Negotiations on a proposed free trade agreement between the EU and Australia are said to be back on track after stalling last year.
According to the EU's outgoing ambassador to Australia Michael Pulch, both sides are showing a renewed "sense of urgency" about the deal and there are no major barriers still to be overcome before representatives from both sides meet up in Brussels in October to finalize the details.
So with the likelihood rising that an FTA will be in place within a year, how have previous hurdles been overcome, what could the benefits be to both sides, and what if any issues remain to be addressed?
New government policies help boost EU-Aus relations
Talks on an FTA between Australia and the EU had been taking place since 2018, but were put on hold in 2021. One key reason for this was a rift between Australia and France caused by Canberra signing up to a new mutual defense pact with the US and UK.
The AUKUS deal, signed by the previous administration of prime minister Scott Morrison, called for closer military cooperation between the three countries. A major part of this was an agreement by Australia to purchase nuclear-powered submarines from the UK and US - overriding an existing multi-billion dollar contract with the French government that would have seen the country supply a dozen diesel-powered submarines to Australia.
Paris reacted furiously to the move, with president Emmanuel Macron publicly accusing Mr Morrison of lying and recalling the French ambassador from Australia in protest.
However, the election of a new government in Canberra has helped reduce tensions, with incoming prime minister Anthony Albanese pledging to build a "better relationship" between the two countries. As part of this, Australia agreed to pay France €555 million (US$584 million) in compensation for the canceled contract in June.
Other commitments by the new Australian government have also helped strengthen relations with Europe. These include much tougher policies on climate change that will seek to greatly reduce the country's emissions, as well as Australia's support for Ukraine.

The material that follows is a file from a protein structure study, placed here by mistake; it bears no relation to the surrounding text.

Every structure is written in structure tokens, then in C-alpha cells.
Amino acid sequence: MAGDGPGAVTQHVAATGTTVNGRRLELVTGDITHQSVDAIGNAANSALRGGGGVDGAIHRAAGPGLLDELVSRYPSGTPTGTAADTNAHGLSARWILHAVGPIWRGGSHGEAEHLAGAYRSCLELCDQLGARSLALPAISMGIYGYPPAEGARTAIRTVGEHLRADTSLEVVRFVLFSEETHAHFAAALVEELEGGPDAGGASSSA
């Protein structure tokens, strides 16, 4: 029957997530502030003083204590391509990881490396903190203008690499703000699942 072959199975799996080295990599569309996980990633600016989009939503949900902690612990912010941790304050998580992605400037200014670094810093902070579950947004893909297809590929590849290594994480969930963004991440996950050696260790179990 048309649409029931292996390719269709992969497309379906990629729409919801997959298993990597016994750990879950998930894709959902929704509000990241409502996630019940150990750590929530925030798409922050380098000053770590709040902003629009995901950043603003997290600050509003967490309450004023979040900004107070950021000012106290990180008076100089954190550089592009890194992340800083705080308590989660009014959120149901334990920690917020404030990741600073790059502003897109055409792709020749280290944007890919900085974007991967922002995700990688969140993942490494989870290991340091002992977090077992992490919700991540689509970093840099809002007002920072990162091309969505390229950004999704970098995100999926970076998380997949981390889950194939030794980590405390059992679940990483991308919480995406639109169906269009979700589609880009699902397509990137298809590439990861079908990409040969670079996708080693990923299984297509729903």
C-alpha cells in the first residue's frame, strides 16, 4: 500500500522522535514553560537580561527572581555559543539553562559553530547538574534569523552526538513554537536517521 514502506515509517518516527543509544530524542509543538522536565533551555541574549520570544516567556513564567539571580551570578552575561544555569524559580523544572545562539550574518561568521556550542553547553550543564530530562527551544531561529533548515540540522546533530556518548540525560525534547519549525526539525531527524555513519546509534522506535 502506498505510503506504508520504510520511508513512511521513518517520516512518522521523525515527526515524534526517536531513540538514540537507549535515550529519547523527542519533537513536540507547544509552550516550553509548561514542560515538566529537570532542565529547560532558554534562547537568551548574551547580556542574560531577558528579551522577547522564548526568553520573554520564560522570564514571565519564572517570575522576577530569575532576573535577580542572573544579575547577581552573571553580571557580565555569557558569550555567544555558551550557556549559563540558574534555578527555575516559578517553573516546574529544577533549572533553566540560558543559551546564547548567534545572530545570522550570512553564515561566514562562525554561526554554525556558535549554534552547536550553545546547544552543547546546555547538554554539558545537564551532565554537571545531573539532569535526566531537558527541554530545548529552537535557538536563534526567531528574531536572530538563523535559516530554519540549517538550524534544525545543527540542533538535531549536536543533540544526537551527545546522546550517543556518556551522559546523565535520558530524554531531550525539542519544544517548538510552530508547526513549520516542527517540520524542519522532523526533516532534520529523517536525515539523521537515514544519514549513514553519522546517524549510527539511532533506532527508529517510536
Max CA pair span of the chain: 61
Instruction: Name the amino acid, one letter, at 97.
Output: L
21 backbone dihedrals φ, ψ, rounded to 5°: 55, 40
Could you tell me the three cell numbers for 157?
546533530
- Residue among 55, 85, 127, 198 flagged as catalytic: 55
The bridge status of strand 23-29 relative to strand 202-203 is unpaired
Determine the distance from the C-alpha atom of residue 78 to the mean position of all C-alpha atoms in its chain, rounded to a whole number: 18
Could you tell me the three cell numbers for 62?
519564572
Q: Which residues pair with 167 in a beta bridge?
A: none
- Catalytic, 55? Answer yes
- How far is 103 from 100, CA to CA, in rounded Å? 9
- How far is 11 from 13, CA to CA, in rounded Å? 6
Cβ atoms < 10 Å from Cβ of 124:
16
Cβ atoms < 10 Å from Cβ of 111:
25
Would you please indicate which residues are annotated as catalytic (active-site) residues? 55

Australian ambassador to the EU, NATO, Belgium and Luxembourg Caroline Millar commented: "Australia's new climate commitments, the reset in our relations with France and our solidarity with Ukraine have all contributed to this positive momentum."
What could be on offer in an FTA?
The EU and Australia are already major trading partners. According to Australia's Department of Foreign Affairs and Trade, the EU was the country's second largest two-way trading partner of goods and services in 2020, as well as the third largest export destination in 2021. Meanwhile, EU figures show that in 2020, total trade in goods between the two amounted to €36 billion in 2020.
However, an FTA would have a range of benefits. The Australian government notes that the EU has higher tariffs than Australia on many industrial goods, with exports facing tariffs of up to 12 percent on minerals and metals, ten percent on wood and paper and seven per cent on chemicals. An FTA would seek to eliminate these duties in order to stimulate more trade.
Elsewhere, imports of items including beef, sheep meat, sugar, cheese and rice are significantly constrained by EU quotas, so "full tariff liberalization of agriculture" is a major priority for Canberra. On the EU's side, it is pushing for the abolition of luxury taxes that make it harder for Australians to buy products such as cars from the EU.
Both parties have also noted that recent world events have highlighted the need to reduce reliance on countries such as Russia and China for the supply of goods.
"Trade diversification is a key aspect of what we're doing. We believe there is a lot of unused potential in relations with many countries (in Asia)," Mr Pulch said. "We certainly talk to Australia as one of the world's largest LNG suppliers to see whether we could secure more energy supplies to Europe to offset Russian supplies".
What obstacles still lie ahead?
Despite the positive words from both sides, an EU-Australia FTA is still far from a done deal. Politico reports that the EU has a reputation of being a tough negotiator, while Australian representatives will be looking closely at the details of the FTA between the EU and New Zealand for guidance on how Brussels is likely to protect its own markets.
In that case, negotiations went right to the eleventh hour as the EU took a hard line on beef and dairy imports, with one New Zealand official later describing the EU as the "most protectionist agricultural bloc in the world."
Other issues that are likely to prove tricky include intellectual property, raw materials and protected designation of origin rules. The EU is especially keen to preserve its rights for named products such as wines and cheeses, which may be at odds with Australian interests.
There are also questions as to whether Australia's new climate commitments go far enough, especially after a decade of governments that were openly hostile to such efforts. One official told Politico: "Australia's new climate commitments have been well received in the EU, but Australia is waiting to see what the EU will propose on climate change in the FTA following its review of trade and sustainable development."
However, with newly-found goodwill on both sides towards getting a deal done, the signs of progress are positive, which could mean that if all goes well, a final deal may be expected sooner rather than later.